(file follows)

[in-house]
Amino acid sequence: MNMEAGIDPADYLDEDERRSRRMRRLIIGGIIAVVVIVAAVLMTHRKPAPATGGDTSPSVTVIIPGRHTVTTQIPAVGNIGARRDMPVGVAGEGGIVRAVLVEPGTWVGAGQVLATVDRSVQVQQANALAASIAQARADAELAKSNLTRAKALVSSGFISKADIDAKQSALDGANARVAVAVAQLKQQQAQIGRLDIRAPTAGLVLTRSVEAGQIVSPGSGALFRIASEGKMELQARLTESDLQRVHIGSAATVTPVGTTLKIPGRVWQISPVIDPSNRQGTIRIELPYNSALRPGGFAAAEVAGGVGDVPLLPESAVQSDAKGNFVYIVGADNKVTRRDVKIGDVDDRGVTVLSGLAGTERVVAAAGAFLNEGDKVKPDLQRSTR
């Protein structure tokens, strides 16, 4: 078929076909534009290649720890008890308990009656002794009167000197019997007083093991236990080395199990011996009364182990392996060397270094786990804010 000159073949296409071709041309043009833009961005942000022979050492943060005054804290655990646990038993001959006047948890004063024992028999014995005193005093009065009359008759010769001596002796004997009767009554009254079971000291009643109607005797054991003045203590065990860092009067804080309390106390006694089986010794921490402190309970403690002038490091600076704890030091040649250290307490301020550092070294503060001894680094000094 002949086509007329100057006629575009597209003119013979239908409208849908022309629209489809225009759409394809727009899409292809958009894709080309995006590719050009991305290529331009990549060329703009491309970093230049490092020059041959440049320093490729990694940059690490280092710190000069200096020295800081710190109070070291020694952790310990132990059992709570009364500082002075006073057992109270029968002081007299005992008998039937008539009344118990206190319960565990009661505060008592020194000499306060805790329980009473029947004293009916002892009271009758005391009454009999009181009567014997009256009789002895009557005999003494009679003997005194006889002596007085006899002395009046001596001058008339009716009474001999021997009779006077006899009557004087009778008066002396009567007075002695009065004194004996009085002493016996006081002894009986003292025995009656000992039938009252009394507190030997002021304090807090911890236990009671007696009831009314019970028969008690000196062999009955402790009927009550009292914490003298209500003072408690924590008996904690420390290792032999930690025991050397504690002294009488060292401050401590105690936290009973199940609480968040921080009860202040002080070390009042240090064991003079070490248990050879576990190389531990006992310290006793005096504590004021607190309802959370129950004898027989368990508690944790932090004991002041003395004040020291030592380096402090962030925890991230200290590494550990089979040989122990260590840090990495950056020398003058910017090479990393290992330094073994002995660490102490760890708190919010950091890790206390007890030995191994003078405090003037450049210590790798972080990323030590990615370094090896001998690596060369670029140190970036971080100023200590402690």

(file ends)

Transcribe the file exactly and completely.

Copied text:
[in-house]
Amino acid sequence: MNMEAGIDPADYLDEDERRSRRMRRLIIGGIIAVVVIVAAVLMTHRKPAPATGGDTSPSVTVIIPGRHTVTTQIPAVGNIGARRDMPVGVAGEGGIVRAVLVEPGTWVGAGQVLATVDRSVQVQQANALAASIAQARADAELAKSNLTRAKALVSSGFISKADIDAKQSALDGANARVAVAVAQLKQQQAQIGRLDIRAPTAGLVLTRSVEAGQIVSPGSGALFRIASEGKMELQARLTESDLQRVHIGSAATVTPVGTTLKIPGRVWQISPVIDPSNRQGTIRIELPYNSALRPGGFAAAEVAGGVGDVPLLPESAVQSDAKGNFVYIVGADNKVTRRDVKIGDVDDRGVTVLSGLAGTERVVAAAGAFLNEGDKVKPDLQRSTR
């Protein structure tokens, strides 16, 4: 078929076909534009290649720890008890308990009656002794009167000197019997007083093991236990080395199990011996009364182990392996060397270094786990804010 000159073949296409071709041309043009833009961005942000022979050492943060005054804290655990646990038993001959006047948890004063024992028999014995005193005093009065009359008759010769001596002796004997009767009554009254079971000291009643109607005797054991003045203590065990860092009067804080309390106390006694089986010794921490402190309970403690002038490091600076704890030091040649250290307490301020550092070294503060001894680094000094 002949086509007329100057006629575009597209003119013979239908409208849908022309629209489809225009759409394809727009899409292809958009894709080309995006590719050009991305290529331009990549060329703009491309970093230049490092020059041959440049320093490729990694940059690490280092710190000069200096020295800081710190109070070291020694952790310990132990059992709570009364500082002075006073057992109270029968002081007299005992008998039937008539009344118990206190319960565990009661505060008592020194000499306060805790329980009473029947004293009916002892009271009758005391009454009999009181009567014997009256009789002895009557005999003494009679003997005194006889002596007085006899002395009046001596001058008339009716009474001999021997009779006077006899009557004087009778008066002396009567007075002695009065004194004996009085002493016996006081002894009986003292025995009656000992039938009252009394507190030997002021304090807090911890236990009671007696009831009314019970028969008690000196062999009955402790009927009550009292914490003298209500003072408690924590008996904690420390290792032999930690025991050397504690002294009488060292401050401590105690936290009973199940609480968040921080009860202040002080070390009042240090064991003079070490248990050879576990190389531990006992310290006793005096504590004021607190309802959370129950004898027989368990508690944790932090004991002041003395004040020291030592380096402090962030925890991230200290590494550990089979040989122990260590840090990495950056020398003058910017090479990393290992330094073994002995660490102490760890708190919010950091890790206390007890030995191994003078405090003037450049210590790798972080990323030590990615370094090896001998690596060369670029140190970036971080100023200590402690």